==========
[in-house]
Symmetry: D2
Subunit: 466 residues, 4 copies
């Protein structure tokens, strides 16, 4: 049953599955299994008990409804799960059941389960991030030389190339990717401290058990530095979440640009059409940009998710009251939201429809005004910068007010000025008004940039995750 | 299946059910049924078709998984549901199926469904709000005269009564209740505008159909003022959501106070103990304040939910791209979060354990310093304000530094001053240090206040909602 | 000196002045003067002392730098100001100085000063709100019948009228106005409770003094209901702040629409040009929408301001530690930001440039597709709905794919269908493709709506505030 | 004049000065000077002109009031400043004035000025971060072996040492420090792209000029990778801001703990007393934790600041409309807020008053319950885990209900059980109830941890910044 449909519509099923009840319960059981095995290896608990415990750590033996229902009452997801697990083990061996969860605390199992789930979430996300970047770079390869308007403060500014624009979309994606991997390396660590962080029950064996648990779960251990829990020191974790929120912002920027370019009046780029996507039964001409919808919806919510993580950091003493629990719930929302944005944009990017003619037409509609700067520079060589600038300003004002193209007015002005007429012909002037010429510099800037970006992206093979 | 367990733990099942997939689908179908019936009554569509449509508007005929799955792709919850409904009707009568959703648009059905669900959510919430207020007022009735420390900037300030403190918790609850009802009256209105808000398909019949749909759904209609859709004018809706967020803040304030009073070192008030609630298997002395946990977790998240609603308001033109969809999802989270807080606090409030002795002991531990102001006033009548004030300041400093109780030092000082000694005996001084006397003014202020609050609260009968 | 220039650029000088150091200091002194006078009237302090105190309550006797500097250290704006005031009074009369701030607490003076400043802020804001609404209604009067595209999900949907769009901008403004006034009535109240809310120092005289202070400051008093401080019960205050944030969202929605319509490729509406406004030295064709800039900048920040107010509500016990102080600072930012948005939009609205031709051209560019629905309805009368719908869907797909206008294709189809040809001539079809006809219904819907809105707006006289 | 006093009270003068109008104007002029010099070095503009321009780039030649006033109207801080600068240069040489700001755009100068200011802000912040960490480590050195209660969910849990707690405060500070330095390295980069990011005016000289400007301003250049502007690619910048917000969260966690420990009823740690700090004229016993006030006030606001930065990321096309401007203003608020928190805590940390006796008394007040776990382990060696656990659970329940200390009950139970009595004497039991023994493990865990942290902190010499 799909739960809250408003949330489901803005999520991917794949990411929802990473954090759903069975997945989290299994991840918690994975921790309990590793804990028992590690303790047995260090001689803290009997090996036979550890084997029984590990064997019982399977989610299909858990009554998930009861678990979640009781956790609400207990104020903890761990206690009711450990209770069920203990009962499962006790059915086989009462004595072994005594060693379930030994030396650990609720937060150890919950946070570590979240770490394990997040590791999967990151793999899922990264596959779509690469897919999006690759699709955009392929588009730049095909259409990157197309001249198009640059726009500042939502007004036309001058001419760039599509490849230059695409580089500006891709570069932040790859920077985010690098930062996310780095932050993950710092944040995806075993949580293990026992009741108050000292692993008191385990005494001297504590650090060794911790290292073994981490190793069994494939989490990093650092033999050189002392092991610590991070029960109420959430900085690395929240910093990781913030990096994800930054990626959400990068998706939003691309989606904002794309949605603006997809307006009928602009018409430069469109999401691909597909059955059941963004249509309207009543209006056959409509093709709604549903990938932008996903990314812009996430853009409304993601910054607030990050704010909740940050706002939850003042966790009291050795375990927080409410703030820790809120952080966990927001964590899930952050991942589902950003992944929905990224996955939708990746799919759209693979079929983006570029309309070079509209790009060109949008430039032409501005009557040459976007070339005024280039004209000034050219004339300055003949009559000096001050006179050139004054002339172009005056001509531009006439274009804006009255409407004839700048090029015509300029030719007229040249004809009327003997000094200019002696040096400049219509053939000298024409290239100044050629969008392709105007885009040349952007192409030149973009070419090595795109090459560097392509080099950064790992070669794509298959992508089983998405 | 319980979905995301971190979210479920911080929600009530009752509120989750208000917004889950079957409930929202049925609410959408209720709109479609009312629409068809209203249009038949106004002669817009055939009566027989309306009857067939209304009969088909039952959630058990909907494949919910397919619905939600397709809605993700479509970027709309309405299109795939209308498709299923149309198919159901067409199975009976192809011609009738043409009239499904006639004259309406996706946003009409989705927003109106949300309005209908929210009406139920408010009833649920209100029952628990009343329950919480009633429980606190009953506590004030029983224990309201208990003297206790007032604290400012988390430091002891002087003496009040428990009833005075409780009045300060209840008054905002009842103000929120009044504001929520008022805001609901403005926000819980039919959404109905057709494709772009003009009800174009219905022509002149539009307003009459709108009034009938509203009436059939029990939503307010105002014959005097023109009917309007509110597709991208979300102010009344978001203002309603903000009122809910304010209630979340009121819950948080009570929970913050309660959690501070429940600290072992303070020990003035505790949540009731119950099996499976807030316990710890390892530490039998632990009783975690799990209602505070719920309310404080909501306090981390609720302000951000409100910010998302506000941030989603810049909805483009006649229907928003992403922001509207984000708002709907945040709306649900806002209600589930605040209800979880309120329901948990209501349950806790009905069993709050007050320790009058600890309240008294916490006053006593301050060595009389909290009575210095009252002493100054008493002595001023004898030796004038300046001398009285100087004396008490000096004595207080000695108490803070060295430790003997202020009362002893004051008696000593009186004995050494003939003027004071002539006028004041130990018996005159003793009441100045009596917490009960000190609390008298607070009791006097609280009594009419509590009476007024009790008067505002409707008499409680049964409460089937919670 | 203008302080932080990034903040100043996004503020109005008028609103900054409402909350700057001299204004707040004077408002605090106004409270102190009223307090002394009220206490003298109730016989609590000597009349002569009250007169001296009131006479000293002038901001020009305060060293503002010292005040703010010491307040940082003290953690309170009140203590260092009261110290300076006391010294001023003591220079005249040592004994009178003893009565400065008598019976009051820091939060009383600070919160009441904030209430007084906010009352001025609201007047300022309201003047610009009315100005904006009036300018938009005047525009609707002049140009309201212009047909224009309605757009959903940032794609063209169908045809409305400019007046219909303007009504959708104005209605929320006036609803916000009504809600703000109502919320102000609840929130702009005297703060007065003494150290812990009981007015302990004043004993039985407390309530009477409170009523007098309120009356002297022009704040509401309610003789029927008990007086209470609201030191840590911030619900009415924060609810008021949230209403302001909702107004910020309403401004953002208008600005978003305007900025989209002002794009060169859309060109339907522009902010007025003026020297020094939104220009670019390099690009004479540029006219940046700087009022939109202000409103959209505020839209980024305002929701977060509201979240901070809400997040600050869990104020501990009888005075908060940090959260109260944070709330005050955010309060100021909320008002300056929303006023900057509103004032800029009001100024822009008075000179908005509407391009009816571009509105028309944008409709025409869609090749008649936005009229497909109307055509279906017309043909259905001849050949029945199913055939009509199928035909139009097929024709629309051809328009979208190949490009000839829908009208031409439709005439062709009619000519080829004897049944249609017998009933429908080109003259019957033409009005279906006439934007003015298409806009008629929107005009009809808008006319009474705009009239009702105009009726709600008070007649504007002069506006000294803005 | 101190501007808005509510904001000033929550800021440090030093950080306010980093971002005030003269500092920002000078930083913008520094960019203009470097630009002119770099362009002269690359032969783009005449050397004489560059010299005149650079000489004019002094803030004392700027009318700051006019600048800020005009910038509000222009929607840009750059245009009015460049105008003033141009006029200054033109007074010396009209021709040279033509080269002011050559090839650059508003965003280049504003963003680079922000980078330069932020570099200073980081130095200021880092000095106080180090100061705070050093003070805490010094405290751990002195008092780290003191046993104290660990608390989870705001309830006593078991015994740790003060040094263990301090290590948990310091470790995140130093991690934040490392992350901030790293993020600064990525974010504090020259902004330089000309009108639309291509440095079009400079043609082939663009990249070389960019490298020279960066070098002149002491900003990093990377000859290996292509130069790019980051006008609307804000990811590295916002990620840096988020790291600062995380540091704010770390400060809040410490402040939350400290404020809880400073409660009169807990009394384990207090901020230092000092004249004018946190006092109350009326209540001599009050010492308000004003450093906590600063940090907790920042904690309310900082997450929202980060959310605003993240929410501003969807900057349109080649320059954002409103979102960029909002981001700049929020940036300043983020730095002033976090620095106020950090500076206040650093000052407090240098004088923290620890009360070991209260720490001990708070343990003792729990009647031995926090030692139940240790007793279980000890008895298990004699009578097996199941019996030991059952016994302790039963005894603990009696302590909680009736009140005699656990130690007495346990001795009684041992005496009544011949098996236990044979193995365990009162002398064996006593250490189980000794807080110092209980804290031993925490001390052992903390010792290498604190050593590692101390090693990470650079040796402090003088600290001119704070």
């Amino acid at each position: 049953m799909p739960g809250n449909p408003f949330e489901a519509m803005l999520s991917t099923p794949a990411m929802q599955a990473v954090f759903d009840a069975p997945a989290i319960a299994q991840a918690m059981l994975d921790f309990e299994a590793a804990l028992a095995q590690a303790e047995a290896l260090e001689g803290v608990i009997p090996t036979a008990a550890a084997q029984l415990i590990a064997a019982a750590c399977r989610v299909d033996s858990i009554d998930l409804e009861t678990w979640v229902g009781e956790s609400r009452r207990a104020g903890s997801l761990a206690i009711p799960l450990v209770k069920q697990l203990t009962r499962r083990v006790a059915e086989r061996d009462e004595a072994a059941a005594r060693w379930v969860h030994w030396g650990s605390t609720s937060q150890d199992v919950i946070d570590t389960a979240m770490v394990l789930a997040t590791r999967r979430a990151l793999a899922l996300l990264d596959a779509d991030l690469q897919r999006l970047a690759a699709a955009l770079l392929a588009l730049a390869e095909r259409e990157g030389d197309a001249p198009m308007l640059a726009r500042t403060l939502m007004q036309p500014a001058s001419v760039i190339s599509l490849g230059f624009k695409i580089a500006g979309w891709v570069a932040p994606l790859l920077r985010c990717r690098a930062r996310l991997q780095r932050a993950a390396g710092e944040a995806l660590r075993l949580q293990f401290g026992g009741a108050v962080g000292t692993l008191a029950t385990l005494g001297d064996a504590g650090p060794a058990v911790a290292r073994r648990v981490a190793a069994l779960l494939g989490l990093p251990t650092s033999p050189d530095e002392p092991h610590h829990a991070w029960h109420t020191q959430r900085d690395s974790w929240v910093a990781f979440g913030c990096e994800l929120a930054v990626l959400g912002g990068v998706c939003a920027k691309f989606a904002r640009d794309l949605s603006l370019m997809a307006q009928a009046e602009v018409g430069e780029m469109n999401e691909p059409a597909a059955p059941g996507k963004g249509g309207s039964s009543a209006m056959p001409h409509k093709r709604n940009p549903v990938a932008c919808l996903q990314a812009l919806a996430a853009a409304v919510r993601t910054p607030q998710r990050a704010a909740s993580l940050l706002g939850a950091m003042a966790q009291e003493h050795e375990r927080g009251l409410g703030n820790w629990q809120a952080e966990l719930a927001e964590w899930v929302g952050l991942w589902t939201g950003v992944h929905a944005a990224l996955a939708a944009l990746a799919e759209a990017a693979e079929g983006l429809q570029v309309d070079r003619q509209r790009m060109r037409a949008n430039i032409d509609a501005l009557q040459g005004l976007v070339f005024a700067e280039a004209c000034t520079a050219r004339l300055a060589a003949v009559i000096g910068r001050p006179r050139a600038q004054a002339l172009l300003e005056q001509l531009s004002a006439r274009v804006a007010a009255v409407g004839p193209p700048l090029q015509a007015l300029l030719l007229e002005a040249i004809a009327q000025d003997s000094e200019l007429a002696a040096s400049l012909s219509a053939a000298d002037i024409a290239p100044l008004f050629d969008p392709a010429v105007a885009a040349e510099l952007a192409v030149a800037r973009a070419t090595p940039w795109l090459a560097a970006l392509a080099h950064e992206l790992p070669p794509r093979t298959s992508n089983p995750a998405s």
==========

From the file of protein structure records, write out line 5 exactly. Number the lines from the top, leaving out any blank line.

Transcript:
């Amino acid at each position: 049953m799909p739960g809250n449909p408003f949330e489901a519509m803005l999520s991917t099923p794949a990411m929802q599955a990473v954090f759903d009840a069975p997945a989290i319960a299994q991840a918690m059981l994975d921790f309990e299994a590793a804990l028992a095995q590690a303790e047995a290896l260090e001689g803290v608990i009997p090996t036979a008990a550890a084997q029984l415990i590990a064997a019982a750590c399977r989610v299909d033996s858990i009554d998930l409804e009861t678990w979640v229902g009781e956790s609400r009452r207990a104020g903890s997801l761990a206690i009711p799960l450990v209770k069920q697990l203990t009962r499962r083990v006790a059915e086989r061996d009462e004595a072994a059941a005594r060693w379930v969860h030994w030396g650990s605390t609720s937060q150890d199992v919950i946070d570590t389960a979240m770490v394990l789930a997040t590791r999967r979430a990151l793999a899922l996300l990264d596959a779509d991030l690469q897919r999006l970047a690759a699709a955009l770079l392929a588009l730049a390869e095909r259409e990157g030389d197309a001249p198009m308007l640059a726009r500042t403060l939502m007004q036309p500014a001058s001419v760039i190339s599509l490849g230059f624009k695409i580089a500006g979309w891709v570069a932040p994606l790859l920077r985010c990717r690098a930062r996310l991997q780095r932050a993950a390396g710092e944040a995806l660590r075993l949580q293990f401290g026992g009741a108050v962080g000292t692993l008191a029950t385990l005494g001297d064996a504590g650090p060794a058990v911790a290292r073994r648990v981490a190793a069994l779960l494939g989490l990093p251990t650092s033999p050189d530095e002392p092991h610590h829990a991070w029960h109420t020191q959430r900085d690395s974790w929240v910093a990781f979440g913030c990096e994800l929120a930054v990626l959400g912002g990068v998706c939003a920027k691309f989606a904002r640009d794309l949605s603006l370019m997809a307006q009928a009046e602009v018409g430069e780029m469109n999401e691909p059409a597909a059955p059941g996507k963004g249509g309207s039964s009543a209006m056959p001409h409509k093709r709604n940009p549903v990938a932008c919808l996903q990314a812009l919806a996430a853009a409304v919510r993601t910054p607030q998710r990050a704010a909740s993580l940050l706002g939850a950091m003042a966790q009291e003493h050795e375990r927080g009251l409410g703030n820790w629990q809120a952080e966990l719930a927001e964590w899930v929302g952050l991942w589902t939201g950003v992944h929905a944005a990224l996955a939708a944009l990746a799919e759209a990017a693979e079929g983006l429809q570029v309309d070079r003619q509209r790009m060109r037409a949008n430039i032409d509609a501005l009557q040459g005004l976007v070339f005024a700067e280039a004209c000034t520079a050219r004339l300055a060589a003949v009559i000096g910068r001050p006179r050139a600038q004054a002339l172009l300003e005056q001509l531009s004002a006439r274009v804006a007010a009255v409407g004839p193209p700048l090029q015509a007015l300029l030719l007229e002005a040249i004809a009327q000025d003997s000094e200019l007429a002696a040096s400049l012909s219509a053939a000298d002037i024409a290239p100044l008004f050629d969008p392709a010429v105007a885009a040349e510099l952007a192409v030149a800037r973009a070419t090595p940039w795109l090459a560097a970006l392509a080099h950064e992206l790992p070669p794509r093979t298959s992508n089983p995750a998405s």